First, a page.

U.S. Manufacturing and Construction
The July ISM manufacturing index fell to 56.3 from 57.8 and that is about in line with the estimate of 56.4. After rising by 4 pts in June, new orders fell by 3.1 pts to 60.4. The 6 month average is 61.8. Backlogs fell 2 pts to 55 after rising by 2 pts last month. It too is back below the 6 month average. Export orders also gave back its 2 pt rise in June and stands at 57.5, a touch below the 6 month average. Employment fell 2 pts, also giving back its June gain. Inventories at the manufacturing level rose 1 pt to exactly 50 while they fell by 1.5 pts with customers to back below 50 at 49. Employment was down by 2 pts to 55.2 but after rising by 3.7 pts in June. It is exactly in line with the half year average. Coincident with the recent rise in commodity prices, prices paid jumped by 7 pts to 62 and is at a 3 month high although it still remains 8.5 pts below this year’s peak. 14 industries saw rising price pressures versus just 9 in June.
Notwithstanding the 1.5 pt m/o/m drop, 15 of 18 industries surveyed saw growth in July, the same as seen in June. With respect to labor and cost issues that we are watching closely because what it means for Fed policy, ISM said this, “Business Survey Committee Members are beginning to mention an increase in turnover, with employees leaving for other opportunities. Overall, labor issues are becoming more prevalent…Many Business Survey Committee Members are commenting on suppliers struggling to keep up, largely due to labor retention, recruitment and stability issues.”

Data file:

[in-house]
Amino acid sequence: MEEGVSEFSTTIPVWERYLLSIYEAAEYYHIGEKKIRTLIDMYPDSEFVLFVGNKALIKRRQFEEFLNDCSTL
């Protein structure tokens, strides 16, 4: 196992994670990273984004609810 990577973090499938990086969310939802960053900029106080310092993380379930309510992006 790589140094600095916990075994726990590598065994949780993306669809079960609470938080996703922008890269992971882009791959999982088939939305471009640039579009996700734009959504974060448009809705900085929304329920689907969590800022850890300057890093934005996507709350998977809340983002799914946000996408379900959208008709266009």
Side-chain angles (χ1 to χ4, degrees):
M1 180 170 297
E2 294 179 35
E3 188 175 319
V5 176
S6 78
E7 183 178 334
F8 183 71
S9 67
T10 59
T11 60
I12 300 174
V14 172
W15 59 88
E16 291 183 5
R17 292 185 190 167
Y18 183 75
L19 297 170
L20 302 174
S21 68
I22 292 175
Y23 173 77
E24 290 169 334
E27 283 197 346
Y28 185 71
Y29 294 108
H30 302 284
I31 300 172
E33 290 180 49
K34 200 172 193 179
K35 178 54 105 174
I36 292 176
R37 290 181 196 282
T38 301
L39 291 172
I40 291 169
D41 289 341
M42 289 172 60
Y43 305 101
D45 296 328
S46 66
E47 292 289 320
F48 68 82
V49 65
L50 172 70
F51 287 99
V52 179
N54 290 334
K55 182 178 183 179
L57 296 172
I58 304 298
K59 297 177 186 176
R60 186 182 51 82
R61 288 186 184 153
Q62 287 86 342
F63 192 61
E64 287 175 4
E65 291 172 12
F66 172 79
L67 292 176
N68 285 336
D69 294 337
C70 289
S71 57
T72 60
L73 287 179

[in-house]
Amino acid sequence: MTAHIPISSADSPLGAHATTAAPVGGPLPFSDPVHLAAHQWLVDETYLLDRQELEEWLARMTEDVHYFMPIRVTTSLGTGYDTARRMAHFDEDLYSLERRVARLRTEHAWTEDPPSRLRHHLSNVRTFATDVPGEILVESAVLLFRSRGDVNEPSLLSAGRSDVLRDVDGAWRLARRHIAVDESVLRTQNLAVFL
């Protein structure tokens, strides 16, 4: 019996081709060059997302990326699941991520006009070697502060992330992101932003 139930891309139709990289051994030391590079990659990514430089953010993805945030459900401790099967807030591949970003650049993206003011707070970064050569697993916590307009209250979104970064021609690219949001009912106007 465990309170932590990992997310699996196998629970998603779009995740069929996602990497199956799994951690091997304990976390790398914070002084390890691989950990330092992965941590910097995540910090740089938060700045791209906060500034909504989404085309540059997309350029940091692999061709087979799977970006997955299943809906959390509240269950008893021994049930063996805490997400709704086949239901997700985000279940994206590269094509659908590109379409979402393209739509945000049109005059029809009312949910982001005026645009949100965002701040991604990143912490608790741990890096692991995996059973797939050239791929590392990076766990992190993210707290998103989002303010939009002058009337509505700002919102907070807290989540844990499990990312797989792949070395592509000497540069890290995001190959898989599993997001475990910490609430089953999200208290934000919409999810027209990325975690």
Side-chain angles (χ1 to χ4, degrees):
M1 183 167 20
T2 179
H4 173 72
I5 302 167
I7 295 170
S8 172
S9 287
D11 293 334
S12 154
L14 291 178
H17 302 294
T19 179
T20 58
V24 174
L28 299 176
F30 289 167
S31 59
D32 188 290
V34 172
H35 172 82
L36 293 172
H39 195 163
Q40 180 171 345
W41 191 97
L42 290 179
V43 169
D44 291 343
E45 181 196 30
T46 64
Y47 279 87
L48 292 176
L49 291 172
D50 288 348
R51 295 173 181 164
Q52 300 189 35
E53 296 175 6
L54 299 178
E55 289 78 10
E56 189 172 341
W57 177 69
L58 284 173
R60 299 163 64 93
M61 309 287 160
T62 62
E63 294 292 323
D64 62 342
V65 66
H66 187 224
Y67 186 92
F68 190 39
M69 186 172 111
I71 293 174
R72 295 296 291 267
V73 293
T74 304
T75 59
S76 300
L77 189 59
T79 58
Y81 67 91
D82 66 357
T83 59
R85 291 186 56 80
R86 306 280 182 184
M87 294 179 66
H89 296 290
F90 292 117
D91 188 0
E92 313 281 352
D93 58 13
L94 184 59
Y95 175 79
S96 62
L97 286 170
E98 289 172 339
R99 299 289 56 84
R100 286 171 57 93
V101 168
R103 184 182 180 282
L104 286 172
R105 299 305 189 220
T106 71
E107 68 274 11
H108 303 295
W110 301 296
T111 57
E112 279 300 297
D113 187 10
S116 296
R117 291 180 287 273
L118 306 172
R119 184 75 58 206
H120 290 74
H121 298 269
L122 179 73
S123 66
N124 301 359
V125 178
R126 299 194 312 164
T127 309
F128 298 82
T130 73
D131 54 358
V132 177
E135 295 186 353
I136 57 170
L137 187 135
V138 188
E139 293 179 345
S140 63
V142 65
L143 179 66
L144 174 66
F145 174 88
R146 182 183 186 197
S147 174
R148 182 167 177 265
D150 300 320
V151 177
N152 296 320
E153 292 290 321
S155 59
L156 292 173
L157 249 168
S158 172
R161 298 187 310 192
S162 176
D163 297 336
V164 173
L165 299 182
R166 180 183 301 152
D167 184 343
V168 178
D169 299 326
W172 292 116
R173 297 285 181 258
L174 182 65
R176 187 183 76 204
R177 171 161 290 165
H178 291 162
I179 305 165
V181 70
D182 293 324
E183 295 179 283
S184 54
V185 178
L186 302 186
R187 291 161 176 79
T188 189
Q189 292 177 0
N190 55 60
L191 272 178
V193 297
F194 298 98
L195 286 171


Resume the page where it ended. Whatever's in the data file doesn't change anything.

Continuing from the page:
Bottom line, manufacturing in Q3 started out in a similar fashion as that seen this year. The print of 56.3 is about identical to the average seen in Q1 and Q2 combined. Thus, confidence has held steady after the election but hasn’t changed much since the initial reaction. Export growth has been the particular standout year to date with the improved state of global trade. Just as everyone though is getting nonchalant with inflation again with the recent downtick in the monthly stats, the ISM comments follow the recent rise in commodity prices we’ve seen: “The Business Survey Committee noted price increases in many areas, including metals (steel, aluminum, non-ferrous metals, precious metals); food products, including corn and wheat; electronic components; lumber and wood products; and chemicals, including several types of plastic resins.” With respect to the Fed, as long as we keep getting economic data that is little changed at the current pace of activity and certainly if commodity prices continue to rally, QT is starting in a bit more than one month.
We might see a trim to Q2 GDP estimates after construction spending unexpectedly contracted in June by 1.3% m/o/m vs the estimate of up .4%. This was only partially cushioned by a 3 tenths upward revision to May. Private residential construction was negative for all 3 months of Q2 and that was seen in Friday’s GDP data. Nonresidential construction rose one tenth but is down for 4 of the past 6 months. When Fed members start talking about concerns with commercial real estate, assume bank regulators are tapping every bank CRE loan officer on the shoulder. There was also a big drag in public construction spending and that was a key factor too in the headline decline. This particular number is never market moving.